Bentham’s Panopticon was well known for its high surveil- lance and use of data collection; its main effect was to “induce in the inmate a state of conscious and permanent visibility that assures the automatic functioning of power” (Foucault, “‘Panopticism’ from Discipline…” 6). Bentham accomplished this goal through the use of camera security, the center watchtower, and the bright lights that shone over the clear doors of the cells. The prison was made to make the inmates feel seen. This intense scrutiny was used to watch and observe the convicts relentlessly. There was no escape from the all-seeing “eye” of the center tower and the hidden cameras around every corner. This high security ensured that the prisoners were always being watched, their actions being seen and their behaviors being observed. However, surveillance within the prison was not enough: “The prison […] is also the place of observation of punished individuals. This takes two forms. One form is surveillance, of course, but also is knowledge of each inmate, of his behavior, his deeper states of mind, his gradual improvement” (Foucault, The Foucault Reader 216). Outside of surveillance, the panoptic design also sought to obtain as much information about each prisoner as possible. The information gathered by the surveillance was used in labeling the convicts and furthering their treatments. This data, along with in-depth background information, was posted on a card outside each prisoner’s cell door. By using intense surveillance and information collection, the leaders of the prison accumulated great power over their inmates (Foucault, The Foucault Reader 218). This type of data gave them the upper hand in the prison society. Foucault latched onto this Power Carceral idea implemented by the prison. In the same way, the leaders of Foucault’s observed society were constantly gathering information through intense surveillance in order to obtain more power within the community.

The Giver exemplifies Michel Foucault’s information society in the way Elders acquire power and the way it is administered over the community as a whole. The board of Jonas’ community holds considerable power in decision-making, creation and enforcement of law. This power appears natural to the reader, but its method of maintenance is unethical. The board acquires their power through intense surveillance of the community. The main tool is the use of loudspeakers; “The speakers constantly gather information on the members while bombarding them with rules, reminders and acts of supervision” (Virtanen 33). These devices are located everywhere within the community borders to ensure that their messages are heard and their subjects are seen. They record every conversation, every mistake and every action one partakes in. With the help of cameras and sound technology, these loudspeakers are able to gather intel on every member of society. Not only do they see the physical behaviors of each individual, but also see the inner dreams, hopes, and fears of the individuals as well. This occurs through the morning dream telling sessions and the nightly discussions of feelings: “The ritual functions [were] a way to collect information on the inhabitants, on their deepest thoughts and dreams” (Virtanen 34). At first glance, these events seem like a healthy way to vent and resolve issues. However, most members forget that there is a continuously recording loudspeaker in their home. In this manner, the board retrieves information pertain- ing the members’ physical actions, but their inner motivations as well. This type of data ultimately helps them practice their control over the community through tasks such as assigning jobs, enforcing productivity, preserving spatial distribution, and other life directing practices.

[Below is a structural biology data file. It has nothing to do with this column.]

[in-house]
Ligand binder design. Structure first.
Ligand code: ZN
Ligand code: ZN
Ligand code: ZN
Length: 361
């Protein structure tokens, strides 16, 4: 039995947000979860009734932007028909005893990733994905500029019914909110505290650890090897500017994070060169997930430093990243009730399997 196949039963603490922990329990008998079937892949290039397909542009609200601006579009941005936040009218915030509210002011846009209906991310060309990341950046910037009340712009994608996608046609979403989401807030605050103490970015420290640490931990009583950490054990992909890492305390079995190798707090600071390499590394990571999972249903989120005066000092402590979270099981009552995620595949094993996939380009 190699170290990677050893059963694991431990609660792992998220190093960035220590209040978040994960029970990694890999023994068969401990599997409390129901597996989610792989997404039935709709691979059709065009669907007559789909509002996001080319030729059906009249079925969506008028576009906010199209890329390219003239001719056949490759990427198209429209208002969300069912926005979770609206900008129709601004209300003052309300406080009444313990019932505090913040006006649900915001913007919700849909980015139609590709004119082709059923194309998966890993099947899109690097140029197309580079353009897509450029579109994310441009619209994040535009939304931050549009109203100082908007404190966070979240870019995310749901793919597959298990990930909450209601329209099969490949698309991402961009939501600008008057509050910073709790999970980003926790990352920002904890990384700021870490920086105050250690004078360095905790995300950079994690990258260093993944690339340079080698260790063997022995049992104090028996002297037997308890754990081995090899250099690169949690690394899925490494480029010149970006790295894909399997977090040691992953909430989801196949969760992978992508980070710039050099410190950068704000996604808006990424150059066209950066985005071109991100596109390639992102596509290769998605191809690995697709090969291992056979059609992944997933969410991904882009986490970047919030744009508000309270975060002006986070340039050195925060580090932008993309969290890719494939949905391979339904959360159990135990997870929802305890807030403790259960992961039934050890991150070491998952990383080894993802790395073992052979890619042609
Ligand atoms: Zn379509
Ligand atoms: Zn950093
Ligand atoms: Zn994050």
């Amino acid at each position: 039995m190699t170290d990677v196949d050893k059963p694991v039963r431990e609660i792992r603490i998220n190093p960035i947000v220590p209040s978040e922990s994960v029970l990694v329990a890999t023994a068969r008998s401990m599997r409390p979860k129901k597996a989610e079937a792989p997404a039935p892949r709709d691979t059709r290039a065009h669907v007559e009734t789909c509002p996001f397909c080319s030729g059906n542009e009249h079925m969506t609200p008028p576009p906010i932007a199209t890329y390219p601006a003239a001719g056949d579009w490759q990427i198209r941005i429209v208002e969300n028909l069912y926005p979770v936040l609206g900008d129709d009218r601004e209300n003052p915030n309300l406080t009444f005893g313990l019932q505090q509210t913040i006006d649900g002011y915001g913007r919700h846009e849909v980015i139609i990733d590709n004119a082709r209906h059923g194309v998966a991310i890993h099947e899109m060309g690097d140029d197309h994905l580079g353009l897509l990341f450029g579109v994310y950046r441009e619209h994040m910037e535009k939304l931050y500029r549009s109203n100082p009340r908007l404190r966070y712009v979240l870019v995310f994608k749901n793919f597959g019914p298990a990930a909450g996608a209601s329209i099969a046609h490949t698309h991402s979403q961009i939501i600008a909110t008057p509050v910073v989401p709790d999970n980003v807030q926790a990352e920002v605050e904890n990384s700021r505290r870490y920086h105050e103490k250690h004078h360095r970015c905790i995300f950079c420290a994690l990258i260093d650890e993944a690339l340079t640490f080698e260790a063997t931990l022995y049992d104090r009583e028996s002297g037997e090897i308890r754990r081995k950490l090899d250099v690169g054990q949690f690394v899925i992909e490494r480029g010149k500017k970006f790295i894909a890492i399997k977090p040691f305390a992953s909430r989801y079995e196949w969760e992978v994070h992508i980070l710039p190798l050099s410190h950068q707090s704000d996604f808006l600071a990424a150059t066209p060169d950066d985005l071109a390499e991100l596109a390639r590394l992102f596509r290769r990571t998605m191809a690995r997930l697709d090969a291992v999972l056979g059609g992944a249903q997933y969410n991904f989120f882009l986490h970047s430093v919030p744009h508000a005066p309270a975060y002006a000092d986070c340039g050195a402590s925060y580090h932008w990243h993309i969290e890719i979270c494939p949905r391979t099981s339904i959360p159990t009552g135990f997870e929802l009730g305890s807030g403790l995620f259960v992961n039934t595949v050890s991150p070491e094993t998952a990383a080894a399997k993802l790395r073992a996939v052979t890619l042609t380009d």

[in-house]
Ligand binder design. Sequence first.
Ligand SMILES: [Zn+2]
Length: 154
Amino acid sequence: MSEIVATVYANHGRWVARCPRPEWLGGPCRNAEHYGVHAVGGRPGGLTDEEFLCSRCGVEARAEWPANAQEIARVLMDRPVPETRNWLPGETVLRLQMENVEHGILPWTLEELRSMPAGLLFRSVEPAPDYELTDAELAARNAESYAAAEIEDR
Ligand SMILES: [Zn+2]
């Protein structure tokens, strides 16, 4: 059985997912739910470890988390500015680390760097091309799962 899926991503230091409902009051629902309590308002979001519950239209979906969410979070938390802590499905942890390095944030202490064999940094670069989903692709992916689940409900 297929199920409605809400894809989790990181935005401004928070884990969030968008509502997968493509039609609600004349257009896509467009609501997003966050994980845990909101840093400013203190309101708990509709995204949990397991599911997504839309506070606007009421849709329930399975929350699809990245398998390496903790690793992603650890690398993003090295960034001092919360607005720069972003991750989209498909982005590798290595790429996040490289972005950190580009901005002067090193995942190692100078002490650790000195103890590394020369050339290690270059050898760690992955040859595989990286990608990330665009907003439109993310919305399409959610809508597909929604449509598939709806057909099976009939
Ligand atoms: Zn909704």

The power acquired through persistent surveillance is practiced in subtle ways. The end goal is simple—to control the populace in all aspects of life. The Elders of the community not only assign career jobs to children at age twelve, but they decide who dies, where one lives, how large one’s family may be, the way one speaks, and the activities one may participate in during spare time. Foucault categorized this type of control into three areas: spatial distribution, efficiency, and specialized training (Latham 136-138). Spatial distribution deals with the idea that people are separated by their function or life stage. Functionally, the “adults have specific jobs that they fulfill, such as Nurturer, birthmother, and speaker” (Virtanen 22-23). Each person in the community has a purpose. This delegation helps the authority keep track of the members without getting too personal. Everyone has a specific place they should be in at certain times; the community is organized in this way. Spatial distribution in accordance to stage of life is enforced. Infants stay in the Nurturing Center during their first year of life, and then join a family unit. The next few phases in their lives will include a detailed childhood, a small adolescent period, an adult life, and a short span as an Elder. The community strictly runs this way in order to maintain control and productivity. It allows the Elders to keep track of the members’ progress, interests, and locations at all times in their lives.